Bit by bit or all at once? Splitting up the inquiry task to promote children’s scientific reasoning

Ard W. Lazonder, Ellen Kamp

Research output: Contribution to journalArticleAcademicpeer-review

19 Citations (Scopus)

Abstract

This study examined whether and why assigning children to a segmented inquiry task makes their investigations more productive. Sixty-one upper elementary-school pupils engaged in a simulation-based inquiry assignment either received a multivariable inquiry task (n = 21), a segmented version of this task that addressed the variables in successive order (n = 21), or could formulate a task themselves (n = 19). Results showed that children are naturally inclined to pose single-variable inquiry questions. Segmented tasks, in addition, invoked more systematic but equally comprehensive investigations than a single, unsegmented task. More systematic experimentation was associated with more valid inferences and beliefs. These findings demonstrate that dividing a multivariable inquiry task into a series of single-variable subtasks facilitates the control of variables rather than the control of the learning process, and promotes inference performance and conceptual understanding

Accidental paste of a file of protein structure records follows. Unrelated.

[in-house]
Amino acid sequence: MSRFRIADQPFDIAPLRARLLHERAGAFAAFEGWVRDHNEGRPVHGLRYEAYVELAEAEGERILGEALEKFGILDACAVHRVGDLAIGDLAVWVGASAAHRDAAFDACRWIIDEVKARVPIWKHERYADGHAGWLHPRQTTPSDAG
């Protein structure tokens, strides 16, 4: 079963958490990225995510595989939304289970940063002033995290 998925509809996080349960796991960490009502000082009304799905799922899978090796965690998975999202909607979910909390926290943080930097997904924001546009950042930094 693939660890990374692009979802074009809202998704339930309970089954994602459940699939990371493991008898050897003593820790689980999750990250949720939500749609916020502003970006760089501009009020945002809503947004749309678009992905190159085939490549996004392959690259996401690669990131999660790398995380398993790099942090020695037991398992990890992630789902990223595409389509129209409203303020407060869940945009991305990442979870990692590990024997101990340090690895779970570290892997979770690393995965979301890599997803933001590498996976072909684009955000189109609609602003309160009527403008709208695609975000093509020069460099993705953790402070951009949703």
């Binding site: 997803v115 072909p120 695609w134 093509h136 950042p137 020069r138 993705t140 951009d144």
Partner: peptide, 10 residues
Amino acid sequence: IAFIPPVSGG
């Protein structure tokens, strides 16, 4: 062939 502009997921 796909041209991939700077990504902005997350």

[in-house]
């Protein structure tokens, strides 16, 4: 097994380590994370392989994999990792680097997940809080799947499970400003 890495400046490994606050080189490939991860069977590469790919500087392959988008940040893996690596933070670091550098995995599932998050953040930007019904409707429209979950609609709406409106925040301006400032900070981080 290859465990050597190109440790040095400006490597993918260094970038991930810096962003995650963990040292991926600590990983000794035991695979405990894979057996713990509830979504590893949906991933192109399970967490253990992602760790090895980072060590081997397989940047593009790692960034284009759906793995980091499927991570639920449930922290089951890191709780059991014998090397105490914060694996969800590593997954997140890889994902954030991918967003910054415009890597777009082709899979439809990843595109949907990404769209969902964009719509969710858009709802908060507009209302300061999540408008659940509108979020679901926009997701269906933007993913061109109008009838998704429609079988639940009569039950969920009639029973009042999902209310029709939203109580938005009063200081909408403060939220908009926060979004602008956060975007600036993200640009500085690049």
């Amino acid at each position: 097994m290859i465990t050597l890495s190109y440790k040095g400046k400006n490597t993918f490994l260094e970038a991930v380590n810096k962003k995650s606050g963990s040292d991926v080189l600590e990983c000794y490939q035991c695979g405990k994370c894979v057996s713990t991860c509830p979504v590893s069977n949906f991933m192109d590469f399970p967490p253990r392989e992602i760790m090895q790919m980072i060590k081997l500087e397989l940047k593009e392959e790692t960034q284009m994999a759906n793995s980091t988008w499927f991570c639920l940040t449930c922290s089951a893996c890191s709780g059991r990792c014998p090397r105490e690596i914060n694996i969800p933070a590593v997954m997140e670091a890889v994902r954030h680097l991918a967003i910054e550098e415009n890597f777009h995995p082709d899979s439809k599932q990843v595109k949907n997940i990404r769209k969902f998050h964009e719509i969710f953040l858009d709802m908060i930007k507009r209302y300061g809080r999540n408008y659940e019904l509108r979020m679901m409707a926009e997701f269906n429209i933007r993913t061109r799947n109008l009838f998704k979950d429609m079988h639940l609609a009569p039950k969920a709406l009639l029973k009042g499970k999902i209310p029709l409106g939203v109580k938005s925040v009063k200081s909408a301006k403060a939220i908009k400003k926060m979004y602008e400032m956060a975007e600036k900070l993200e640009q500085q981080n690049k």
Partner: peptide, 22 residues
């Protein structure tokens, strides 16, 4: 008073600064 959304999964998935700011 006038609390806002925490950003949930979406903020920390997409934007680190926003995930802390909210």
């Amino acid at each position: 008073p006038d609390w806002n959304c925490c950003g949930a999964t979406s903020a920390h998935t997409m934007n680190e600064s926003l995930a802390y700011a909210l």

Original languageEnglish
Pages (from-to)458-464
JournalLearning and instruction
Volume22
Issue number6
DOIs
Publication statusPublished - 2012

Keywords

  • Scientific reasoning
  • Inquiry learning
  • Computer simulations
  • Control of variables

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